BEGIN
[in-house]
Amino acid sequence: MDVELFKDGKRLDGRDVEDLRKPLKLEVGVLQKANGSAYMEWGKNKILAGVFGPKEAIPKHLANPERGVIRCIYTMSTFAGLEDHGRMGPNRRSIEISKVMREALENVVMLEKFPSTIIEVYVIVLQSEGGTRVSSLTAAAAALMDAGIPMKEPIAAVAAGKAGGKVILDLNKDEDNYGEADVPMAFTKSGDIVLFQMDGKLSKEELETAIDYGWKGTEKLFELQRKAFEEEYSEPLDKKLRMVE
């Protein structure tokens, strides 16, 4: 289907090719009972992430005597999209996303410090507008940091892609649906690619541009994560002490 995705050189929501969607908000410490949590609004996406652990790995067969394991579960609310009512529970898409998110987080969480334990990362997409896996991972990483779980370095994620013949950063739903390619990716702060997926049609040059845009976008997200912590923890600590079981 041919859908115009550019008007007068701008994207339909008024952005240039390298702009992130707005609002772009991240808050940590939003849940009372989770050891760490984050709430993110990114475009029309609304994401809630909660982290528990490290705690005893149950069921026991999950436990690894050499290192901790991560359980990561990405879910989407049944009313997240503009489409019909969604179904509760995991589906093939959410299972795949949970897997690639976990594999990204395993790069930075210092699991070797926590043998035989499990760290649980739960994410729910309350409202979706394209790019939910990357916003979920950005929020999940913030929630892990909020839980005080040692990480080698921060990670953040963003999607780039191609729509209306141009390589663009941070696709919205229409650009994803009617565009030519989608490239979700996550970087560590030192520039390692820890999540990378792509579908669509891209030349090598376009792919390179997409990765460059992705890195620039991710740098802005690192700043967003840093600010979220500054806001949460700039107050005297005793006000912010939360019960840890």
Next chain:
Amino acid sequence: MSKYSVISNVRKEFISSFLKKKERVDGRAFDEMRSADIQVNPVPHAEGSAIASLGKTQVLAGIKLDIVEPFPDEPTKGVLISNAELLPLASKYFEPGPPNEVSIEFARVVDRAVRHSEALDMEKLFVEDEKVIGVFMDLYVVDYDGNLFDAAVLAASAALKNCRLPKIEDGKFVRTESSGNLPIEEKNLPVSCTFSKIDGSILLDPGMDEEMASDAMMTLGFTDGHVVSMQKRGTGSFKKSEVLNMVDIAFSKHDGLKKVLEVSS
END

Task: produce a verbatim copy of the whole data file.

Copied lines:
[in-house]
Amino acid sequence: MDVELFKDGKRLDGRDVEDLRKPLKLEVGVLQKANGSAYMEWGKNKILAGVFGPKEAIPKHLANPERGVIRCIYTMSTFAGLEDHGRMGPNRRSIEISKVMREALENVVMLEKFPSTIIEVYVIVLQSEGGTRVSSLTAAAAALMDAGIPMKEPIAAVAAGKAGGKVILDLNKDEDNYGEADVPMAFTKSGDIVLFQMDGKLSKEELETAIDYGWKGTEKLFELQRKAFEEEYSEPLDKKLRMVE
């Protein structure tokens, strides 16, 4: 289907090719009972992430005597999209996303410090507008940091892609649906690619541009994560002490 995705050189929501969607908000410490949590609004996406652990790995067969394991579960609310009512529970898409998110987080969480334990990362997409896996991972990483779980370095994620013949950063739903390619990716702060997926049609040059845009976008997200912590923890600590079981 041919859908115009550019008007007068701008994207339909008024952005240039390298702009992130707005609002772009991240808050940590939003849940009372989770050891760490984050709430993110990114475009029309609304994401809630909660982290528990490290705690005893149950069921026991999950436990690894050499290192901790991560359980990561990405879910989407049944009313997240503009489409019909969604179904509760995991589906093939959410299972795949949970897997690639976990594999990204395993790069930075210092699991070797926590043998035989499990760290649980739960994410729910309350409202979706394209790019939910990357916003979920950005929020999940913030929630892990909020839980005080040692990480080698921060990670953040963003999607780039191609729509209306141009390589663009941070696709919205229409650009994803009617565009030519989608490239979700996550970087560590030192520039390692820890999540990378792509579908669509891209030349090598376009792919390179997409990765460059992705890195620039991710740098802005690192700043967003840093600010979220500054806001949460700039107050005297005793006000912010939360019960840890």
Next chain:
Amino acid sequence: MSKYSVISNVRKEFISSFLKKKERVDGRAFDEMRSADIQVNPVPHAEGSAIASLGKTQVLAGIKLDIVEPFPDEPTKGVLISNAELLPLASKYFEPGPPNEVSIEFARVVDRAVRHSEALDMEKLFVEDEKVIGVFMDLYVVDYDGNLFDAAVLAASAALKNCRLPKIEDGKFVRTESSGNLPIEEKNLPVSCTFSKIDGSILLDPGMDEEMASDAMMTLGFTDGHVVSMQKRGTGSFKKSEVLNMVDIAFSKHDGLKKVLEVSS